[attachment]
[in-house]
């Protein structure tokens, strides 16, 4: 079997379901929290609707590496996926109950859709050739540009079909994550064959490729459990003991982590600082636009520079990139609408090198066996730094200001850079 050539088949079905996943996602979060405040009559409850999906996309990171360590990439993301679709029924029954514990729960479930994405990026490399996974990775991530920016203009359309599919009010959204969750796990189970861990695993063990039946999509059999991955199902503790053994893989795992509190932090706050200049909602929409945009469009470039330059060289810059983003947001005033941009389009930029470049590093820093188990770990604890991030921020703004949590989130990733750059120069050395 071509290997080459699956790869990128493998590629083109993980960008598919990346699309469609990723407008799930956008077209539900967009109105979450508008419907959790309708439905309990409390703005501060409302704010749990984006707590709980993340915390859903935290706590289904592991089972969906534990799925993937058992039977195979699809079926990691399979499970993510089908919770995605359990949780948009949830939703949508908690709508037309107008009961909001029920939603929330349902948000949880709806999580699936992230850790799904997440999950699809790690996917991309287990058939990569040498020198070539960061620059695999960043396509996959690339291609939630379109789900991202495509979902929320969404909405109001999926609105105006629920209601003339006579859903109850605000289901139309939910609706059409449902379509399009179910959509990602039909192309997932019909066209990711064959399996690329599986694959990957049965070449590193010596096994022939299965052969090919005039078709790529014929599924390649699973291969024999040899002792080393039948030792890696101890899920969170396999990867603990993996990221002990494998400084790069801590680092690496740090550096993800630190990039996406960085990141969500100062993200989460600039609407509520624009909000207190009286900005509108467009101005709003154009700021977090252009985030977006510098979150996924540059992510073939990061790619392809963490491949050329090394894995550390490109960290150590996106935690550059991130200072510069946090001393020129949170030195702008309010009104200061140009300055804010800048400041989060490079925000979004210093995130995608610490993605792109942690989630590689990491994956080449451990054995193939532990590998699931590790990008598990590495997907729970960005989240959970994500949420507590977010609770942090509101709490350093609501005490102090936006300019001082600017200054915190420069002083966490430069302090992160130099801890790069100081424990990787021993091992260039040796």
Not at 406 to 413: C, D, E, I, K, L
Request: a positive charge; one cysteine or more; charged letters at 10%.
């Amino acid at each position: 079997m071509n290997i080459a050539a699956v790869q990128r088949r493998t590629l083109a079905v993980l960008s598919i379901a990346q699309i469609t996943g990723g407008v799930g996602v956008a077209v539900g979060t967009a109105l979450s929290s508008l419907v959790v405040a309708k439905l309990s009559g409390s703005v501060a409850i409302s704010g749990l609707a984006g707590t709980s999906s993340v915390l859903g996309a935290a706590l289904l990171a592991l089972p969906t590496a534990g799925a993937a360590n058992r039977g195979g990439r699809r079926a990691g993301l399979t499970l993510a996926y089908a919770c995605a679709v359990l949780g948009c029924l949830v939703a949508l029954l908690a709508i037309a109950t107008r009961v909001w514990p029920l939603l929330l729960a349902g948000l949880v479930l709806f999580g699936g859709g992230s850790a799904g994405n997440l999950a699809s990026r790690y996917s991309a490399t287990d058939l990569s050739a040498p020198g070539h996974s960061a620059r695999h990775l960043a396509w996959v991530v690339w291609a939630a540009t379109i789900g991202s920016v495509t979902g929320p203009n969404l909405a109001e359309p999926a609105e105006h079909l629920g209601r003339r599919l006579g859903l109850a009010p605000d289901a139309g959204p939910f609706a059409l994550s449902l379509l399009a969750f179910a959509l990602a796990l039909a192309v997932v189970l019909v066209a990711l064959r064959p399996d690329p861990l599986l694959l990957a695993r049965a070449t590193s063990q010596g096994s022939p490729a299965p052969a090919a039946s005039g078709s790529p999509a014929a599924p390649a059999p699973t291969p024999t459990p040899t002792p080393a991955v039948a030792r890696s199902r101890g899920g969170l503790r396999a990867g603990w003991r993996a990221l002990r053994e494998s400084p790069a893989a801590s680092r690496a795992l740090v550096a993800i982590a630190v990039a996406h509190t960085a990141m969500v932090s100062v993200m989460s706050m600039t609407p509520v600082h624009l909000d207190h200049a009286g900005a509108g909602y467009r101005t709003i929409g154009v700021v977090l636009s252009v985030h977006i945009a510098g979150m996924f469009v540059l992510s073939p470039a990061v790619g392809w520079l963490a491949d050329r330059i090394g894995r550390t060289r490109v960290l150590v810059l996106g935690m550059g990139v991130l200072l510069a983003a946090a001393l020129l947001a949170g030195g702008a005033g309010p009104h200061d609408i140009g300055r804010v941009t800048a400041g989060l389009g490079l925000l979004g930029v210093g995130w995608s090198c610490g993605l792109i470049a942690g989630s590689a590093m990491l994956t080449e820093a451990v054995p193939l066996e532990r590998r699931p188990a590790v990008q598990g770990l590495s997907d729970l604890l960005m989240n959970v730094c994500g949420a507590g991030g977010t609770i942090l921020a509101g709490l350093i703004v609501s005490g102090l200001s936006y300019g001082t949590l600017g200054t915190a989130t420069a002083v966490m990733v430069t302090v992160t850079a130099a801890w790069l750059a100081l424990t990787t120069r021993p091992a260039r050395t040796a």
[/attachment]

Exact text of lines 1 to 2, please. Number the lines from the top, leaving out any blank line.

[in-house]
């Protein structure tokens, strides 16, 4: 079997379901929290609707590496996926109950859709050739540009079909994550064959490729459990003991982590600082636009520079990139609408090198066996730094200001850079 050539088949079905996943996602979060405040009559409850999906996309990171360590990439993301679709029924029954514990729960479930994405990026490399996974990775991530920016203009359309599919009010959204969750796990189970861990695993063990039946999509059999991955199902503790053994893989795992509190932090706050200049909602929409945009469009470039330059060289810059983003947001005033941009389009930029470049590093820093188990770990604890991030921020703004949590989130990733750059120069050395 071509290997080459699956790869990128493998590629083109993980960008598919990346699309469609990723407008799930956008077209539900967009109105979450508008419907959790309708439905309990409390703005501060409302704010749990984006707590709980993340915390859903935290706590289904592991089972969906534990799925993937058992039977195979699809079926990691399979499970993510089908919770995605359990949780948009949830939703949508908690709508037309107008009961909001029920939603929330349902948000949880709806999580699936992230850790799904997440999950699809790690996917991309287990058939990569040498020198070539960061620059695999960043396509996959690339291609939630379109789900991202495509979902929320969404909405109001999926609105105006629920209601003339006579859903109850605000289901139309939910609706059409449902379509399009179910959509990602039909192309997932019909066209990711064959399996690329599986694959990957049965070449590193010596096994022939299965052969090919005039078709790529014929599924390649699973291969024999040899002792080393039948030792890696101890899920969170396999990867603990993996990221002990494998400084790069801590680092690496740090550096993800630190990039996406960085990141969500100062993200989460600039609407509520624009909000207190009286900005509108467009101005709003154009700021977090252009985030977006510098979150996924540059992510073939990061790619392809963490491949050329090394894995550390490109960290150590996106935690550059991130200072510069946090001393020129949170030195702008309010009104200061140009300055804010800048400041989060490079925000979004210093995130995608610490993605792109942690989630590689990491994956080449451990054995193939532990590998699931590790990008598990590495997907729970960005989240959970994500949420507590977010609770942090509101709490350093609501005490102090936006300019001082600017200054915190420069002083966490430069302090992160130099801890790069100081424990990787021993091992260039040796």